Mr. Sargent: The Green party is gravely disappointed but not entirely surprised that there has been a stalling in the process. We assume it is only a stalling. Will the Tánaiste indicate the Government’s assessment of where lies the particular challenge at this time? The Tánaiste mentioned that it was not merely a question of a photograph but the Minister for Foreign Affairs seemed to narrow it down specifically to that issue. In the interests of informing the House and allowing us to see some light at the end of the tunnel, can the Government give some clarity to this matter?
In advance of the debate, it would be useful if the Government might indicate its assessment as to what items under discussion are effectively outside the terms of the Good Friday Agreement. These may include such issues as the fate of the killers of Detective Garda McCabe or the demand for a photograph. There is a clear idea that the Good Friday Agreement is being stretched on both sides and that items are being brought to the table from outside. Wherein lies the current difficulty? There seems to be a difference of opinion between Government spokespersons, including the Tánaiste, as to what the issue is. This should be clarified before next week’s debate, which we welcome.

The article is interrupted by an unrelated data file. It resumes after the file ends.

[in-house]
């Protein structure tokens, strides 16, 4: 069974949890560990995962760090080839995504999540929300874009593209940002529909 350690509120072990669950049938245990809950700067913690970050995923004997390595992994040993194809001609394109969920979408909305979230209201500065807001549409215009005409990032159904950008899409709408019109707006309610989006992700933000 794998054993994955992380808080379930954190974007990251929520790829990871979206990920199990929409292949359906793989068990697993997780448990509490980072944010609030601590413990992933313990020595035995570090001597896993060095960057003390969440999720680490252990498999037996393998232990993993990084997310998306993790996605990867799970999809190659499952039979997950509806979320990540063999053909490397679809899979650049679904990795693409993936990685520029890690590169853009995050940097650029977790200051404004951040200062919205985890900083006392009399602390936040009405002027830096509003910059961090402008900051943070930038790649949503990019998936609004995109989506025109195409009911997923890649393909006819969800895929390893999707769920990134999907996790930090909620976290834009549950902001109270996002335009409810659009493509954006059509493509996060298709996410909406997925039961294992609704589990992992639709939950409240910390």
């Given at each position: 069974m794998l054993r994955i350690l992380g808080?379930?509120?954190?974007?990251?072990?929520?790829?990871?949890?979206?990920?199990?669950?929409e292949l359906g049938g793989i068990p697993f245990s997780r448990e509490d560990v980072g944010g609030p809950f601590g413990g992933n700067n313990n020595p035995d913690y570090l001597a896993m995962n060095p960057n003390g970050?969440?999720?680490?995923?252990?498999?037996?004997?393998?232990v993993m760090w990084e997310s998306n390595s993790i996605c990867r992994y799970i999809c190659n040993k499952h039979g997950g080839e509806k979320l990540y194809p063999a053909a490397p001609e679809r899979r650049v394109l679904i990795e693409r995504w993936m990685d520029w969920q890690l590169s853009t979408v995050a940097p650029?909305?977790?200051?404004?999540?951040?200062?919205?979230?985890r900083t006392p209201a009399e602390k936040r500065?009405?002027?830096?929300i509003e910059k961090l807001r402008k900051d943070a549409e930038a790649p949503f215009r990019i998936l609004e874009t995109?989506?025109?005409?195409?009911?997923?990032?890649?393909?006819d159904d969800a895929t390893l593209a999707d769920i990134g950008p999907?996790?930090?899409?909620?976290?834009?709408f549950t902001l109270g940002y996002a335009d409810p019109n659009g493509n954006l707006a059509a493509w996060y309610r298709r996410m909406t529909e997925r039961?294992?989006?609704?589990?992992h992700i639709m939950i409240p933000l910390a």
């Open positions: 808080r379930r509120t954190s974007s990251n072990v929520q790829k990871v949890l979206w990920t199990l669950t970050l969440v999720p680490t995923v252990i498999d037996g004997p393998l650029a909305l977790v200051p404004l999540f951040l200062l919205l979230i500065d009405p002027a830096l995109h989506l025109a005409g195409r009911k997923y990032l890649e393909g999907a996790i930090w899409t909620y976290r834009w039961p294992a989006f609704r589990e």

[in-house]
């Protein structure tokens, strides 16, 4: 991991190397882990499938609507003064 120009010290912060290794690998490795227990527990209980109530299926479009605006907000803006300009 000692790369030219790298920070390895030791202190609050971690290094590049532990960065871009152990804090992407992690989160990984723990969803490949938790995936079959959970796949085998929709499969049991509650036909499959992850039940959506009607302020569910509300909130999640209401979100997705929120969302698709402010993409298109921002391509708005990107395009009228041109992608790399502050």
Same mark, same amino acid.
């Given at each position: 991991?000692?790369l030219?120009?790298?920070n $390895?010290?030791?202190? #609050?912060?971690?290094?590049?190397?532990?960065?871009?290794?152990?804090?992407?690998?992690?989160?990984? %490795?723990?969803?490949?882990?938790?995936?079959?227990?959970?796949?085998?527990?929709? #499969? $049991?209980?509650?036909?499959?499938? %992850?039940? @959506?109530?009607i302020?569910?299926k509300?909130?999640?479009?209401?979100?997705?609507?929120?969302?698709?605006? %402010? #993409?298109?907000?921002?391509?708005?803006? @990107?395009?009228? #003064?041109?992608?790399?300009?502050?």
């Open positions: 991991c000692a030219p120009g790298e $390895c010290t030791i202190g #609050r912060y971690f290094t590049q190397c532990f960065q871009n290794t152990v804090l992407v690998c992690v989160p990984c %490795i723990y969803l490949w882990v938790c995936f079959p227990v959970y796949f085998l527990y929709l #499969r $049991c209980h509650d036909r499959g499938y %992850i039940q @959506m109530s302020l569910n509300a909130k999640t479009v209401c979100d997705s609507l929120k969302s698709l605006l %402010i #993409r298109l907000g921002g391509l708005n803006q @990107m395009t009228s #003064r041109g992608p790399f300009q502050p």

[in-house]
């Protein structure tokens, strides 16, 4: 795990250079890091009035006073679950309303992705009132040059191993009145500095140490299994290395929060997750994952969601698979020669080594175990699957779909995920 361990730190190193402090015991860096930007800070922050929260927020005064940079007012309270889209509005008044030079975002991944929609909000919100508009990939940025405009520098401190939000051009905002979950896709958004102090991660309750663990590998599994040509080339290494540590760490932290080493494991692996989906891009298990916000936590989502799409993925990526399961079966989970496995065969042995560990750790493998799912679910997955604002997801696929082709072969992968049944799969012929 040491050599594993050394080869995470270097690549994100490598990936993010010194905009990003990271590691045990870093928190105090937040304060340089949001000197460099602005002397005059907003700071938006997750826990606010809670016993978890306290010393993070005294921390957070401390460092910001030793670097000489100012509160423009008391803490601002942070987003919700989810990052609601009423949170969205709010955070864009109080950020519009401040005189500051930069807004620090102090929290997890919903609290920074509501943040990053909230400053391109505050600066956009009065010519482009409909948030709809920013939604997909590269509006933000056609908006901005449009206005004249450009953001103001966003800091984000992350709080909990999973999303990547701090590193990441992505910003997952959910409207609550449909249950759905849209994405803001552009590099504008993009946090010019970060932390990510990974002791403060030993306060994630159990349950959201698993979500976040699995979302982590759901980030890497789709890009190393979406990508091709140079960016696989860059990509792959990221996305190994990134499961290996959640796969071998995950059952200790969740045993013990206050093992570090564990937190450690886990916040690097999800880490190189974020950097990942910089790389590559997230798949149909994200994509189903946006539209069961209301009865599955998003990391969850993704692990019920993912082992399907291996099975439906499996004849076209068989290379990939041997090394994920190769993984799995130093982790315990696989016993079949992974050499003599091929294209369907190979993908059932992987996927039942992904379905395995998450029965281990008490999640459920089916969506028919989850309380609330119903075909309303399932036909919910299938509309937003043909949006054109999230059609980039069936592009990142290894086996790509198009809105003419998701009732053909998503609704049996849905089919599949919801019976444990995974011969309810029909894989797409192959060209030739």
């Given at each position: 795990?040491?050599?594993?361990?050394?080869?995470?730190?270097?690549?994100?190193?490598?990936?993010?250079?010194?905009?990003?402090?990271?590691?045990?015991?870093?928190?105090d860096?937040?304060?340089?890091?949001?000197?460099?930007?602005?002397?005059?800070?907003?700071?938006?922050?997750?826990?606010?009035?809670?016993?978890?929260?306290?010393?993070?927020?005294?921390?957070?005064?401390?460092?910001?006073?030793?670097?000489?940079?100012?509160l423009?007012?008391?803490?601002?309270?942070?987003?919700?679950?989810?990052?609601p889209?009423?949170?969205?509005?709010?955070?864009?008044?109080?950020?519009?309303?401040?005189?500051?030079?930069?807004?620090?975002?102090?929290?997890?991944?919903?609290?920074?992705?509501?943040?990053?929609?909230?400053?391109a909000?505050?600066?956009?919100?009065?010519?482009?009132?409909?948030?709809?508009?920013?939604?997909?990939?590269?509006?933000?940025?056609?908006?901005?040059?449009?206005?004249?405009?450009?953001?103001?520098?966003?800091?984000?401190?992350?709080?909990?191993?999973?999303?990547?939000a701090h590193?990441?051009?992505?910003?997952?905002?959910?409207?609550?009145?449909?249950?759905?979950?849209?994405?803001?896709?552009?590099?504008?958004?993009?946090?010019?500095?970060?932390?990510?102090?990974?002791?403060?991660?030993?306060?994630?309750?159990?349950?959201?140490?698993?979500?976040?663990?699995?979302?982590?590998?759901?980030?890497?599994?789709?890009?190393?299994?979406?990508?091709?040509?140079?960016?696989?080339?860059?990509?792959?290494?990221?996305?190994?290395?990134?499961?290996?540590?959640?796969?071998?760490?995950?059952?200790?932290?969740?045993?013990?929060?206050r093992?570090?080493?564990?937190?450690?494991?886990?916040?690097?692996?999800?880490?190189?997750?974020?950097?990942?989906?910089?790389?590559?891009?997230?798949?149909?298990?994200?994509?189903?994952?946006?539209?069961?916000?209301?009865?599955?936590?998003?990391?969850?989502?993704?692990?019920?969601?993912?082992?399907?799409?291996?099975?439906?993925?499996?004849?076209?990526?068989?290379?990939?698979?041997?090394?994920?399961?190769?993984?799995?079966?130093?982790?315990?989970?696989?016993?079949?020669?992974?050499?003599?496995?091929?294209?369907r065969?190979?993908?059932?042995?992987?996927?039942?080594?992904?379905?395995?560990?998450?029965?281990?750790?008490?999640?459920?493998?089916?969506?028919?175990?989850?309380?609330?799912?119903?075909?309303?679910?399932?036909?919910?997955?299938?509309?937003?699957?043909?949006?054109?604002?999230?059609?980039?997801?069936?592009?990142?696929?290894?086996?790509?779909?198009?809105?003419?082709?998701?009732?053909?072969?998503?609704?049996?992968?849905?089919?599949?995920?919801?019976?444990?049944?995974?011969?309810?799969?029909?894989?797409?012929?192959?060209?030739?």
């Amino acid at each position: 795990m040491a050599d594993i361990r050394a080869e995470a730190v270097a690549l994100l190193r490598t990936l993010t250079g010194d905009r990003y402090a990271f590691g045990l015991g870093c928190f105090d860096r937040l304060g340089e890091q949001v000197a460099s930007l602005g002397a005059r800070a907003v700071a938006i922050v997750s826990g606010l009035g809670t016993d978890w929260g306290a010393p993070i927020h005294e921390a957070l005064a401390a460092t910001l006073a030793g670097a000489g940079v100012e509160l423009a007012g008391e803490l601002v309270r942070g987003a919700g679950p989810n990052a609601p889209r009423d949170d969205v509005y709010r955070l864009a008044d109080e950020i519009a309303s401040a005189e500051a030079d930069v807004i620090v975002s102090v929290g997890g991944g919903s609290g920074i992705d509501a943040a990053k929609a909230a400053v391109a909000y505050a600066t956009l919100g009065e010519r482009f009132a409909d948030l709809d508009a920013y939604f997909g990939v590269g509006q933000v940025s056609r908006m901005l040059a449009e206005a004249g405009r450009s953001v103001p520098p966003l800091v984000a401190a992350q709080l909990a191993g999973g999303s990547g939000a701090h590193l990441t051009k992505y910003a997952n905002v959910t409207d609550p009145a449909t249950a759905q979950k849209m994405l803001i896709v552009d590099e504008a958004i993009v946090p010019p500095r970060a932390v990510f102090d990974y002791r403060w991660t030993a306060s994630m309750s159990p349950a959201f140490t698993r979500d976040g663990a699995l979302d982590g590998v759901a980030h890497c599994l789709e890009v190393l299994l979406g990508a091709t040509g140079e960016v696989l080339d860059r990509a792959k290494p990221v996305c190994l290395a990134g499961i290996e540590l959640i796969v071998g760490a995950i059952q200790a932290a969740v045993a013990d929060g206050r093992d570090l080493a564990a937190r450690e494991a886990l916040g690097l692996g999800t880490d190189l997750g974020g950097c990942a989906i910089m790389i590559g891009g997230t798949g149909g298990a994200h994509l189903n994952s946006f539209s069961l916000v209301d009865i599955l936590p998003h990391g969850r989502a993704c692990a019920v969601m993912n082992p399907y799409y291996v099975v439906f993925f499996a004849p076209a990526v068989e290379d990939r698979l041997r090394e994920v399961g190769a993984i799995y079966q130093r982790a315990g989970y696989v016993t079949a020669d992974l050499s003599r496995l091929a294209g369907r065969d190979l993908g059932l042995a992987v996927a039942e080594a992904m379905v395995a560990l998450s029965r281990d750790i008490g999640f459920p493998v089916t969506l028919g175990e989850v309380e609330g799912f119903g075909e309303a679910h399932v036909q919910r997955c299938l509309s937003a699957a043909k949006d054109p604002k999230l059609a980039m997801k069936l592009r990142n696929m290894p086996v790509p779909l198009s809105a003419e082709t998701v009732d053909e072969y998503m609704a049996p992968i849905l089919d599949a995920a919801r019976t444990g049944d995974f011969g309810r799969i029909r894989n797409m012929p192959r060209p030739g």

Caoimhghín Ó Caoláin: I wish to record my disappointment and that of my colleagues at the failure so far to achieve the goal of a full implementation of the Good Friday Agreement, a goal to which our party is absolutely committed. I join other voices in the House in commending the efforts of both Governments and of the Taoiseach and British Prime Minister.
I also strongly commend the courageous efforts of the Sinn Féin leadership and negotiating team who have demonstrated an absolute commitment to the address of all the difficulties that have bedevilled this island and the neighbouring island and our relationship for generations. They have shown themselves to be courageous leaders. I wish also to commend the leadership of the Irish Republican Army which has clearly demonstrated its preparedness to take historic and unprecedented steps.